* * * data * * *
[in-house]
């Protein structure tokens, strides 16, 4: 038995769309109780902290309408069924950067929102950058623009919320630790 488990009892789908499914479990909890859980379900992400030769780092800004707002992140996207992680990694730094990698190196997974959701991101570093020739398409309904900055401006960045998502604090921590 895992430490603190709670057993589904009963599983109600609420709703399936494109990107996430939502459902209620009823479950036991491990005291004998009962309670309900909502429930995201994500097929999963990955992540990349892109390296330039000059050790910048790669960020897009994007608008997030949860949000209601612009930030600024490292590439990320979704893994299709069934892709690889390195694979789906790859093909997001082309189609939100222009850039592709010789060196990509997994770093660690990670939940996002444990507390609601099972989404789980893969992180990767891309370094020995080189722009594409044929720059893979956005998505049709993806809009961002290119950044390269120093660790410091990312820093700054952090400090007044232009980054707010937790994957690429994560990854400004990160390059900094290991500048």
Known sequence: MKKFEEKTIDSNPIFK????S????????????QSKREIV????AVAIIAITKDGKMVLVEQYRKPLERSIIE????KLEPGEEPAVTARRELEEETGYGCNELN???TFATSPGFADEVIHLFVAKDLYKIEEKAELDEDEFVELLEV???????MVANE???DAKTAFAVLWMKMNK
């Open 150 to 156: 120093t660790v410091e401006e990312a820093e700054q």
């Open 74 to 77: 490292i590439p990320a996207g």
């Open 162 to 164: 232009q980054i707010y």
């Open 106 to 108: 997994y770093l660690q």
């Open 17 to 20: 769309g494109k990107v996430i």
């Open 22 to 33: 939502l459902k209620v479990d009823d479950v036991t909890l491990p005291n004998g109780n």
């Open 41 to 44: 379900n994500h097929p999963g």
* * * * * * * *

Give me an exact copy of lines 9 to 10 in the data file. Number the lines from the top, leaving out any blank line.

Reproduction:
């Open 22 to 33: 939502l459902k209620v479990d009823d479950v036991t909890l491990p005291n004998g109780n």
């Open 41 to 44: 379900n994500h097929p999963g």